Inside Politics

Government shutdown: Could it happen in Canada?

Short answer: No, it can't.

Well, that's a bit anticlimactic. What's the long answer?

I'm so glad you asked, since it so perfectly illustrates the brutally binary nature of the Westminster parliamentary system. 

Basically, as long as the government of the day maintains the confidence of the House, it can pass whatever budgetary measures it wishes.

The instant that confidence is lost, however, so, too, is the authority to continue as government.

If a Canadian budget bill -- or, to use the proper term, a supply motion -- were to suffer the same fate as the funding initiatives stymied by the US Senate, the prime minister would have no choice but to make the trek to Rideau Hall to ask the Governor General to draw up the necessary paperwork to dissolve Parliament and call a general election.

(In theory, of course, one or more opposition parties could attempt to persuade the GG to give them the opportunity to test the will of the House, but generally speaking, the question is ultimately put to the electorate, which, in its own way, serves as the ultimate confidence check.)

So, what happens if a government falls without a budget in place? Wouldn't that cause a temporary shutdown, at least?

No, it wouldn't, but it would require the Governor General to issue a Special Warrant -- basically, a short-term line of credit, which allows the government to continue to draw money from the consolidated revenue fund without the authorization of Parliament, albeit very specific, and limited conditions:

      • Parliament is dissolved;
      • a Minister has reported that an expenditure is urgently required for the public good;
      • and the President of the Treasury Board has reported that there is no appropriation for the payment.

Once issued, a Special Warrants is valid from the date of dissolution until 60 days after a general election, and must be tabled within 15 days of the opening of the new Parliament, which also has to retroactively approve it.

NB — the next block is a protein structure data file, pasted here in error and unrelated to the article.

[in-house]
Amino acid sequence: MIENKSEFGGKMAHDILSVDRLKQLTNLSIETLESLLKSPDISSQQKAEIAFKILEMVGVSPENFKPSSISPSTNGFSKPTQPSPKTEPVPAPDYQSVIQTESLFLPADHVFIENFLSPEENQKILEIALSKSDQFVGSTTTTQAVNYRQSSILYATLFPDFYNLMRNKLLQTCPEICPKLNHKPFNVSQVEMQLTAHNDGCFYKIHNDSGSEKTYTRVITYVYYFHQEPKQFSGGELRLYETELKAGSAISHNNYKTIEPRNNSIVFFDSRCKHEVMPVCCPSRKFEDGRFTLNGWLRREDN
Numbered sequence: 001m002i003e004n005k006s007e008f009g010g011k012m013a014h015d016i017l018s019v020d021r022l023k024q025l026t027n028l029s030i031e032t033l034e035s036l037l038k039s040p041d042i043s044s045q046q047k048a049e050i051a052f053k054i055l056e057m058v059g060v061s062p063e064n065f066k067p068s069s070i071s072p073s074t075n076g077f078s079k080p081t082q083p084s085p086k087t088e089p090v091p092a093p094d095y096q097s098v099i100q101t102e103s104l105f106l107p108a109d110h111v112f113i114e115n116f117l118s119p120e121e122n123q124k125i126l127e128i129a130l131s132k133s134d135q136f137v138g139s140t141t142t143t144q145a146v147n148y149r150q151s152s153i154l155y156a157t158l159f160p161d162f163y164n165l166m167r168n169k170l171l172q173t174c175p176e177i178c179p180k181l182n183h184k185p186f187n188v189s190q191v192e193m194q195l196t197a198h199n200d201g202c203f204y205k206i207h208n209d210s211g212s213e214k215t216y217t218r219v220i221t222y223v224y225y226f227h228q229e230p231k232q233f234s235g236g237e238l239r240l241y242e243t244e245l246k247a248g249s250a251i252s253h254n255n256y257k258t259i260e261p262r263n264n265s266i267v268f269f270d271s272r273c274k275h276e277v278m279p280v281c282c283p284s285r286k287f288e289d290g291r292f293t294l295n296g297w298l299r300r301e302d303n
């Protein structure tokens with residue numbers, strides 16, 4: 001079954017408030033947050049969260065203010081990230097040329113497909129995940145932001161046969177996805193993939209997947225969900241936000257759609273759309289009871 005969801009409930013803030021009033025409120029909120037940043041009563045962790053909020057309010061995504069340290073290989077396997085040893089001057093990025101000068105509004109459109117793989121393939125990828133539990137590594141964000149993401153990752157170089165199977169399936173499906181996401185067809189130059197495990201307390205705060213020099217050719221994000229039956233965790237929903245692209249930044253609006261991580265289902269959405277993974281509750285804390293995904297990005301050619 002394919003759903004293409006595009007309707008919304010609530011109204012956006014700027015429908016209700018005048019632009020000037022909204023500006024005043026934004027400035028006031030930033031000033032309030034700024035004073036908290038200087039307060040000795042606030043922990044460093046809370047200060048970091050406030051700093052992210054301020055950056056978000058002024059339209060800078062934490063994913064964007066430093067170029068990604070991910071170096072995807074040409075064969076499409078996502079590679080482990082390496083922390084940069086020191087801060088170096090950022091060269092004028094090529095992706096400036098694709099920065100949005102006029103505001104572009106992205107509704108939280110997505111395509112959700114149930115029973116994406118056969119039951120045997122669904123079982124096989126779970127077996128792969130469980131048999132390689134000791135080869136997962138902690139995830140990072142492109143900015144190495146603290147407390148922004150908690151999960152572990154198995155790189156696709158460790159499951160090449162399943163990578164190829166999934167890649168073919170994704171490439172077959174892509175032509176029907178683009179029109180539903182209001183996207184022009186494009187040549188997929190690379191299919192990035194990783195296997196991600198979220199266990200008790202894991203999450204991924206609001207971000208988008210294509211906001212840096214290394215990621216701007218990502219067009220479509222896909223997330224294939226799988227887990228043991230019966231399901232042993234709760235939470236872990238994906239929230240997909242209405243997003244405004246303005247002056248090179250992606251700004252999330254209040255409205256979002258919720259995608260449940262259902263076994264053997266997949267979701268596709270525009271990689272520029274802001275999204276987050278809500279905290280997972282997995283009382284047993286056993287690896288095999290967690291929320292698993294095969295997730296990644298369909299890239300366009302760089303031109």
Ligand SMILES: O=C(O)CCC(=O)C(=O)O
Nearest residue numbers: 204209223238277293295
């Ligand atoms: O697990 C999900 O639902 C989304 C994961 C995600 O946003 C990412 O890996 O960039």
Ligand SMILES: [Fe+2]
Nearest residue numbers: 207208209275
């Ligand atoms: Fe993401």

Interestingly, until the late 90s, governments could request a Special Warrant any time the House wasn't in session.

In fact, in 1989, due to adjournment/prorogation timing issues, the Mulroney government wound up taking the extraparliamentary appropriation route no fewer than three times in under a year --which, as you can imagine, didn't go over well with the opposition of the day.

Although Speaker Fraser ultimately found that the rules had been followed, "there remained concerns about the legitimacy and propriety of this practice," according to O'Brien and Bosc.

In 1997, then-Liberal backbencher Peter Milliken -- would later, of course, be elected Speaker himself -- put forward a private members' bill that tweaked the law to restrict the use of Special Warrants to periods of dissolution.

Okay, that's all very interesting, but what if the Governor General were to say no?

I don't think that's ever happened. I'm not sure it can happen. I'll try to find out, and update this post if I get a definitive answer. 

UPDATE: It turns out that particular question may be trickier than it looks. As yet, neither the Speaker's Office nor Rideau Hall have been able to provide a simple yes or no answer, so I've sought the advice of a constitutional law professor. So far, the general consensus seems to be that a Special Warrant request could, theoretically, be rejected, but such a rebuff would likely trigger a constitutional crisis of King-Byng-esque epic proportions. 

FINAL UPDATEAnd we have an answer, courtesy of University of Ottawa professor Philippe Lagasse, who offered the following via twitter:

"As with any act of the GG, a refusal is always a possibility, but would only occur in the most extreme cases. But [the] wording of the [Financial Administration Act] makes it fairly clear that the GG would not refuse a request if the stipulated conditions are met. More fundamentally, though, the GG has a foremost duty to ensure the public good and the continuance of government, so unless the warrants are being used in an effort to circumvent the constitution, no refusal is likely." 

In any case, let's all take a moment to thank our lucky stars that, for all its faults, the oft-maligned parliamentary system does, at least, come with a built-in fail-safe device to prevent the country -- or, at least, the operations of government -- from being plunged into fiscal limbo.   

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